Lilium’s five-seater air taxi, the Lilium Jet, can be seen flying at an airfield in southern Germany in new footage released by the firm.
It’s the latest deal for the urban air mobility industry following announced SPAC agreements including Archer Aviation and Joby Aviation. A SPAC is a blank-check company, formed as an alternative to an IPO, because it raises funds to buy something but doesn’t have any operations of its own. They have no assets other than cash and they trade on a stock exchange before merging with private companies.
The transaction, which officials announced Tuesday, implies a pro-forma enterprise value of $2.4 billion and a pro-forma equity value of $3.3 billion for the combined company. The post-merged company is expected to receive approximately $830 million from the deal, including $450 million from a fully committed common stock PIPE offering and $380 million cash held in trust.
The deal is expected to close in the second quarter, at which point the combined company will trade on the Nasdaq exchange under LILM.
Daniel Wiegand, CEO and co-founder of Lilium, said the funding should provide the company with enough capital to reach its targeted commercial launch in the U.S. and Europe beginning in 2024. The company has previously raised $400 million, he said.
“This is going to give us both a lot of expertise and operational knowledge from Barry and his team, but also the financing to achieve the type of certification and market entry with our airplane,” Wiegand told CNBC. “It’s a tremendously big and important step for us as a company.”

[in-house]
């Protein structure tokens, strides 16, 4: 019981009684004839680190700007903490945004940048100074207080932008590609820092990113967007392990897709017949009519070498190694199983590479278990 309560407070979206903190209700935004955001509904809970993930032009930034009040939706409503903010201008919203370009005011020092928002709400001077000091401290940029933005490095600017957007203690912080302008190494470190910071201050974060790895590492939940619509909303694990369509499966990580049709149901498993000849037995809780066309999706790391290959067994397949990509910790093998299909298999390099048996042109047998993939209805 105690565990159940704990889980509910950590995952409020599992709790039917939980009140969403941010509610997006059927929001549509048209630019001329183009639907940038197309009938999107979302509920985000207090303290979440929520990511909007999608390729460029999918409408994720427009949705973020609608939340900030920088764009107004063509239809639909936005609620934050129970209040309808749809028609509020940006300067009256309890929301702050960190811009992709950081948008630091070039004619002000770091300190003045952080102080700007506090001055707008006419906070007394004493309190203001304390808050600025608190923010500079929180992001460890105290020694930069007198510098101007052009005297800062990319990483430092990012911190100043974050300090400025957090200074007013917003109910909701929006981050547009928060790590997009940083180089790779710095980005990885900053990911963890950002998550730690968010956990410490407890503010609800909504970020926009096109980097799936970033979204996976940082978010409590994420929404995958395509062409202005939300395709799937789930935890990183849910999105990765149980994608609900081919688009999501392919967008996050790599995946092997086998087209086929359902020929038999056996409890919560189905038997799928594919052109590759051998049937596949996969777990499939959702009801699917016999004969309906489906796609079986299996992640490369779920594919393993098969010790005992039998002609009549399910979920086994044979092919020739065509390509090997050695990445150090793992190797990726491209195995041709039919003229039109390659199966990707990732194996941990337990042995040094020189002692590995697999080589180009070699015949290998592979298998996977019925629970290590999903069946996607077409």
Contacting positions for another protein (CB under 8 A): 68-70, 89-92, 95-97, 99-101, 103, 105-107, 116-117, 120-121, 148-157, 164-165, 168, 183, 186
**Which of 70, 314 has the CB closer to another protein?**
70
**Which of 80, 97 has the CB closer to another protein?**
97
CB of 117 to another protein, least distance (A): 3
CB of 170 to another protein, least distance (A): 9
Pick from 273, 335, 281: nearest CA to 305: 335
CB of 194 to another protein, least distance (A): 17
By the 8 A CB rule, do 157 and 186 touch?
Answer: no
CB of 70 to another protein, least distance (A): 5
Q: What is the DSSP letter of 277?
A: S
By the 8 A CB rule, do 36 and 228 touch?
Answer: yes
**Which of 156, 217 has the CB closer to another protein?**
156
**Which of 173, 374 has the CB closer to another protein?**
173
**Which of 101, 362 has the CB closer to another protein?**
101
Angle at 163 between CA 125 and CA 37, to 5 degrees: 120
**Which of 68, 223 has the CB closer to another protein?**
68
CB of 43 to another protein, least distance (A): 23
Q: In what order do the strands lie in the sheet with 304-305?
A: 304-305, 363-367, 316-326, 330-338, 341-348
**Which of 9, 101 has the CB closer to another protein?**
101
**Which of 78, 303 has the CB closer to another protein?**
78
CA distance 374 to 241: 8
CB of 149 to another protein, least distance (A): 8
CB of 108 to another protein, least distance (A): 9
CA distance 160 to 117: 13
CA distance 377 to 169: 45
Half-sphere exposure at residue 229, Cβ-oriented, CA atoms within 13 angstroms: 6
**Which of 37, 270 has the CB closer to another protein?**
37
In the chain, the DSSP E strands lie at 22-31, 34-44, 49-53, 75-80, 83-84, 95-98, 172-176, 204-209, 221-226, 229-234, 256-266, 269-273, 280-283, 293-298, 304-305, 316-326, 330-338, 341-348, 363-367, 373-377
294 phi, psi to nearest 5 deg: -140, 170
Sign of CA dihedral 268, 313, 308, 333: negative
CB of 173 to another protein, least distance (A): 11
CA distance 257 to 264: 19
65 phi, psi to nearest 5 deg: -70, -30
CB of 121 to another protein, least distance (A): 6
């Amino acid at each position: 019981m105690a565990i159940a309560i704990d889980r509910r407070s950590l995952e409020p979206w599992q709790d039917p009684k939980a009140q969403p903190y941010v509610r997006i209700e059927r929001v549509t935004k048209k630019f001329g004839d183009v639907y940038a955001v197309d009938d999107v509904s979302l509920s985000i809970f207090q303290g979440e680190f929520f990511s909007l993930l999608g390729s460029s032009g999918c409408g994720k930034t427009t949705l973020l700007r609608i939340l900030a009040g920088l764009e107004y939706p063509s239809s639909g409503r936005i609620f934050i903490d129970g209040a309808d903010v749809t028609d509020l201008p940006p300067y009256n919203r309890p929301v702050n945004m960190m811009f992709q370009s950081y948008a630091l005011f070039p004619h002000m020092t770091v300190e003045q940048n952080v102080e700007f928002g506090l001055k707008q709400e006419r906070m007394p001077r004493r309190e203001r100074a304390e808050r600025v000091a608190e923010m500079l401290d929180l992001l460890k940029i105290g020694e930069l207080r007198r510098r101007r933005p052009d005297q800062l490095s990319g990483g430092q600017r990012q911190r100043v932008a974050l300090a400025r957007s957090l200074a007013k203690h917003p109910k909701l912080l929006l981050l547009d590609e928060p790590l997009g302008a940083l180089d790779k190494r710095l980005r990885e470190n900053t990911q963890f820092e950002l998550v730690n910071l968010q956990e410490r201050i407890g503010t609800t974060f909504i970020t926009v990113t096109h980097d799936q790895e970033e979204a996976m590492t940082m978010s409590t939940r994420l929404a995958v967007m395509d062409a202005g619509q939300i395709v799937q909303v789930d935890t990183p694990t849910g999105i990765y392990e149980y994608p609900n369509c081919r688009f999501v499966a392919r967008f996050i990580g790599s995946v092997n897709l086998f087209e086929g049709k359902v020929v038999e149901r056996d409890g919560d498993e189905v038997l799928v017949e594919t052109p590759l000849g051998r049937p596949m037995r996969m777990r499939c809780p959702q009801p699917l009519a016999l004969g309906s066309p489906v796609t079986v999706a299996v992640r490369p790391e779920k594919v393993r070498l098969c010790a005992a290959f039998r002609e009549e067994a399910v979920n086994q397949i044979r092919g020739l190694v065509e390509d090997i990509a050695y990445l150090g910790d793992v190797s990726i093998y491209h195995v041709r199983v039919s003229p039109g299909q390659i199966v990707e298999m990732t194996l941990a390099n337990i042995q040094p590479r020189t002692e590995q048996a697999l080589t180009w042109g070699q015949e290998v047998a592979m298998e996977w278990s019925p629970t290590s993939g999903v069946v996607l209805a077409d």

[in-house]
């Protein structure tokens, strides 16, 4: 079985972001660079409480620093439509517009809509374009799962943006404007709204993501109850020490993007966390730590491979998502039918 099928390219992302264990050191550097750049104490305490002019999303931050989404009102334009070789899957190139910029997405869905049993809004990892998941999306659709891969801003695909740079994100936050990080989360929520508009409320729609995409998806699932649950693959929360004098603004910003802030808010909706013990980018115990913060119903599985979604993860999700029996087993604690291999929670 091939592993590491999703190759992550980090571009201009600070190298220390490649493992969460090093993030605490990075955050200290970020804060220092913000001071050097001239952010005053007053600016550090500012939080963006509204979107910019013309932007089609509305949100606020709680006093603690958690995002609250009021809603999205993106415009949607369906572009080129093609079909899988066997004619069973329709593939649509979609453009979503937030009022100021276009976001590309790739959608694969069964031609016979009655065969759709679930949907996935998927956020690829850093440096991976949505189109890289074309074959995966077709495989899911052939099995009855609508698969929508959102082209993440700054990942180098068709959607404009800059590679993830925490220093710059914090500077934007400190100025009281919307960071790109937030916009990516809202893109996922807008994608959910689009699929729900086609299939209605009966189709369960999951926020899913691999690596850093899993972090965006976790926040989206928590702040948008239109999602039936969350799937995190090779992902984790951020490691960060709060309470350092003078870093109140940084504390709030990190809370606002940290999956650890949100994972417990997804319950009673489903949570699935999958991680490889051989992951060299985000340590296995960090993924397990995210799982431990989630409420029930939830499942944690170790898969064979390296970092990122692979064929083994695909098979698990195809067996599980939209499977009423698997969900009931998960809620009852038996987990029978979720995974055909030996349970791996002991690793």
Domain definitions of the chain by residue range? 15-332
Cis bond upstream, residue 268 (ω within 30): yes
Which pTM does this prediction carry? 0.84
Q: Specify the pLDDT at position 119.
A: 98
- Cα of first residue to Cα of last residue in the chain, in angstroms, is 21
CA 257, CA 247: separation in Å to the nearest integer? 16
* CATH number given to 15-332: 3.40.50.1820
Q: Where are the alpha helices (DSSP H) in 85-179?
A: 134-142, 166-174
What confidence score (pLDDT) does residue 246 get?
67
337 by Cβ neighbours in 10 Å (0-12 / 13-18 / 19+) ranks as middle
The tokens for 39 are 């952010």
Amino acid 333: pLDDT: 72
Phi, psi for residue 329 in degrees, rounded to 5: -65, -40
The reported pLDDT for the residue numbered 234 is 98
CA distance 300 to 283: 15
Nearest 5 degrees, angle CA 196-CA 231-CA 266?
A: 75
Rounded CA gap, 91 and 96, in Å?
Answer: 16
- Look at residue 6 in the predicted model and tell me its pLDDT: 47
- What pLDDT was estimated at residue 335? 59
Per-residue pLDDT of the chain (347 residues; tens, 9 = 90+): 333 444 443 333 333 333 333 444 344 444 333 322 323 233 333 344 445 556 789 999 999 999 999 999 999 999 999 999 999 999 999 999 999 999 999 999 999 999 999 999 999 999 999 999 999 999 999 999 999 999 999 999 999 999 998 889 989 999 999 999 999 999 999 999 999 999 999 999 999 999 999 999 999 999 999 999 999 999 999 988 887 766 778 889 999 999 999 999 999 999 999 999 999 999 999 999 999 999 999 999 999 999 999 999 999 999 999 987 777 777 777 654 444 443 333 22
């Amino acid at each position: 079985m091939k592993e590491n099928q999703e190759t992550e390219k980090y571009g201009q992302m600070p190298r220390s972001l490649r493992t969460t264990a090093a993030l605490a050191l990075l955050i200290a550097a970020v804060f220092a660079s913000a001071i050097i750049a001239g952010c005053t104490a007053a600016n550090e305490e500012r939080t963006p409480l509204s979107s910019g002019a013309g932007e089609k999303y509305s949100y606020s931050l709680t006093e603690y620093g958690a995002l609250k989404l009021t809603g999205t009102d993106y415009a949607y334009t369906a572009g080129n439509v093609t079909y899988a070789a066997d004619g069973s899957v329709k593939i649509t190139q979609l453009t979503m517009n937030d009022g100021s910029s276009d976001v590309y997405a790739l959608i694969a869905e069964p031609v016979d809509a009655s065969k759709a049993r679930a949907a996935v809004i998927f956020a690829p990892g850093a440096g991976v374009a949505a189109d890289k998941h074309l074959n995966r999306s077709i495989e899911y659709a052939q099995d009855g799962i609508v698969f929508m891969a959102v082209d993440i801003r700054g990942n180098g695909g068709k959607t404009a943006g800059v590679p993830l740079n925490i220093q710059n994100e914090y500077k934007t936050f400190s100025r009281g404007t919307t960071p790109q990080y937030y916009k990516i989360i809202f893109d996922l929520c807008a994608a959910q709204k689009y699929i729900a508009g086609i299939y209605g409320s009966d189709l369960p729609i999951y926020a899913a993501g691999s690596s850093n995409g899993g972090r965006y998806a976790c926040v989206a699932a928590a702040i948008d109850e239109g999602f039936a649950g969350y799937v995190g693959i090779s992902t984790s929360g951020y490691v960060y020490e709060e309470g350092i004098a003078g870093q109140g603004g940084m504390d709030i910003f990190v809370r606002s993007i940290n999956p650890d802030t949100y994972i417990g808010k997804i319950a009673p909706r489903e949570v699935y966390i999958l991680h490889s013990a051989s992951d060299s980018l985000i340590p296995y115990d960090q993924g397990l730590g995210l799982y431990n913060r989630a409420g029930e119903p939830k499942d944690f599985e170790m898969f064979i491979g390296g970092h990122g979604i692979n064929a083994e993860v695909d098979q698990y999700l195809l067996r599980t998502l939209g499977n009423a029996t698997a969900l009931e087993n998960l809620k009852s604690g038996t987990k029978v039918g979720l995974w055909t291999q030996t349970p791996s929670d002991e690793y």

Lilium is developing a seven-seat, electric vertical takeoff and landing aircraft. Some have characterized , eVTOLs as electric air taxis or “flying cars.” The company plans to primarily focus on intercity flights rather than shorter in-city trips other companies have discussed doing. Its target launch markets are Florida and Germany.
Engle, who was head of GM’s North American operations before leaving the company in August, described Lilium’s product as “a highly engineered aircraft.” He said its proprietary technology as well as the team Wiegand has built, including Tom Enders, a board member and former CEO of Airbus, were main reasons for seeking the deal.
“It’s a team that knows what they’re doing and is able to actually execute what admittedly is a very bold, very ambitious agenda,” Engle said. “We’ve done our homework, we’ve done a ton of due diligence and we couldn’t be more pleased and more proud to put our name on this one.”
Lilium expects to begin generating revenue in 2024 and achieve a pretax adjusted profit in 2025, according to Engle and Wiegand. The company expects revenue of $3.3 billion by 2026, followed by nearly $5.9 billion in 2027.
SPACs became an increasingly popular way for companies — particularly prerevenue start-ups — to go public in the past year. They were almost guaranteed to pop on the first day of becoming a public company, but not any longer. The first-day return of U.S. SPACs dropped to near zero in March from 5.4% in February and 6.1% in January, according to data from University of Florida finance professor Jay Ritter.
Engle and Wiegand said they are not worried about the short-term volatility or performance of shares, which for Qell are down about 13% since Bloomberg News reported March 3 the SPAC and Lilium were in talks to merge.
“We think this is one that will stand the test of time,” Engle said. “A little bit of short-term volatility is not something that we’re concerned about. We’re building a business here that is going to grow over, literally, decades. Along the way there will be both good markets and bad, but this will endure.”
JPMorgan Securities and Barclays are acting as financial and capital markets advisors to Qell. Citi is acting as exclusive financial advisor to Lilium. The three financial institutions are acting as lead placement agents for the PIPE transaction.
Investors in the PIPE include Baillie Gifford, BlackRock, Tencent and Ferrovial.
— CNBC’s Yun Li contributed to this report.